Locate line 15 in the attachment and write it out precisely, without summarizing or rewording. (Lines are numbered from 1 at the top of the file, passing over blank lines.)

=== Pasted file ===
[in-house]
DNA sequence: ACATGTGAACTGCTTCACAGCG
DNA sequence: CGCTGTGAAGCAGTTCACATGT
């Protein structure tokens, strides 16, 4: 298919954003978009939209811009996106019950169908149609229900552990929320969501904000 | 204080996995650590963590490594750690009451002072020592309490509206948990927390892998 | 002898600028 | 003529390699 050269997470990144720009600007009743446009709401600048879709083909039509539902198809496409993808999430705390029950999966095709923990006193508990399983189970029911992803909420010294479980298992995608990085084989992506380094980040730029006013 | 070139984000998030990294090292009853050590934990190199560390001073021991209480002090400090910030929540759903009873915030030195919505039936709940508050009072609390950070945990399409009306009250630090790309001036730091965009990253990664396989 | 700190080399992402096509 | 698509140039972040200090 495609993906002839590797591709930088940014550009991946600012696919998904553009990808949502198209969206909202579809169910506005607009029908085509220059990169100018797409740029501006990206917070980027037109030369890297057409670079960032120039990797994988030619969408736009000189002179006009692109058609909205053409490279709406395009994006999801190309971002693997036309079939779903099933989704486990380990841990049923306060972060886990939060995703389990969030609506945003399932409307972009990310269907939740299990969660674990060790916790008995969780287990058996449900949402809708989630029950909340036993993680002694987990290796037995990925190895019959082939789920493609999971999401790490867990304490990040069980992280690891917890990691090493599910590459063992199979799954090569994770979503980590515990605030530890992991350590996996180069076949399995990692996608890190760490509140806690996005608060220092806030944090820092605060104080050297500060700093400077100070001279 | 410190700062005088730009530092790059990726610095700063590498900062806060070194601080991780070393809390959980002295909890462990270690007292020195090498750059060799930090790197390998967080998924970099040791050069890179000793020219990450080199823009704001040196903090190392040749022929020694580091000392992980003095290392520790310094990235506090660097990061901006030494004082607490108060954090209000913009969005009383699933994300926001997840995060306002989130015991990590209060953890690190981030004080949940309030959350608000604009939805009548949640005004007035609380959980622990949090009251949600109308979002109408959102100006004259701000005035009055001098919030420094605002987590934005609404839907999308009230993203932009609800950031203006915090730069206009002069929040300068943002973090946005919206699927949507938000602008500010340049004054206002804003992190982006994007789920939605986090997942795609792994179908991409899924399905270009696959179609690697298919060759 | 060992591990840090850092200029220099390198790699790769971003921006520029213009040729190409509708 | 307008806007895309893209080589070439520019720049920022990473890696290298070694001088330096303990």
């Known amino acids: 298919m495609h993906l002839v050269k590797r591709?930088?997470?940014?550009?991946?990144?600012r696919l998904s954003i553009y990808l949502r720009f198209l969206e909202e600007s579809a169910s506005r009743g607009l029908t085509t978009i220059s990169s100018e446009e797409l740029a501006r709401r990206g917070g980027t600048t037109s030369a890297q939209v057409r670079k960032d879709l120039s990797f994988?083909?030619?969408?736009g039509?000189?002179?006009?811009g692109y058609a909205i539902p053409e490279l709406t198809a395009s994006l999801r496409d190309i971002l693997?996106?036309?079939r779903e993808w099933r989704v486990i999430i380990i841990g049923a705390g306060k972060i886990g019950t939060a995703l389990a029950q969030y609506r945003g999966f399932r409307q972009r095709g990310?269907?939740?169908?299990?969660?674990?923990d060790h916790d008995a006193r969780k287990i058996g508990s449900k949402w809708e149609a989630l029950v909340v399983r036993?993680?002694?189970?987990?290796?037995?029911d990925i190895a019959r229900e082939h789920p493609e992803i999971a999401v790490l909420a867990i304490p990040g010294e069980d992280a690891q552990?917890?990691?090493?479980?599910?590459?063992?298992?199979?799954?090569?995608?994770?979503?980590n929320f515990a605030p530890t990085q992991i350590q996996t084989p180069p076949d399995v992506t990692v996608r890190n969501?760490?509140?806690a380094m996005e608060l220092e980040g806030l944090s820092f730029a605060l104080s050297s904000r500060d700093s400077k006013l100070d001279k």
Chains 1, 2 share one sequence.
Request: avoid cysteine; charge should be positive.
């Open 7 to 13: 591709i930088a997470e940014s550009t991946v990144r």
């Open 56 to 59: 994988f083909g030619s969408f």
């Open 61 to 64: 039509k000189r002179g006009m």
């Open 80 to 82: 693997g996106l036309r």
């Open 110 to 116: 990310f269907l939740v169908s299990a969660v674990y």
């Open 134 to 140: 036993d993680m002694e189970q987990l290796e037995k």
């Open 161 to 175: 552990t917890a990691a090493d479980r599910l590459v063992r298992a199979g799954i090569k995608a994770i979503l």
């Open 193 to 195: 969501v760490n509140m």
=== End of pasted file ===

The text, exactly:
């Open 193 to 195: 969501v760490n509140m």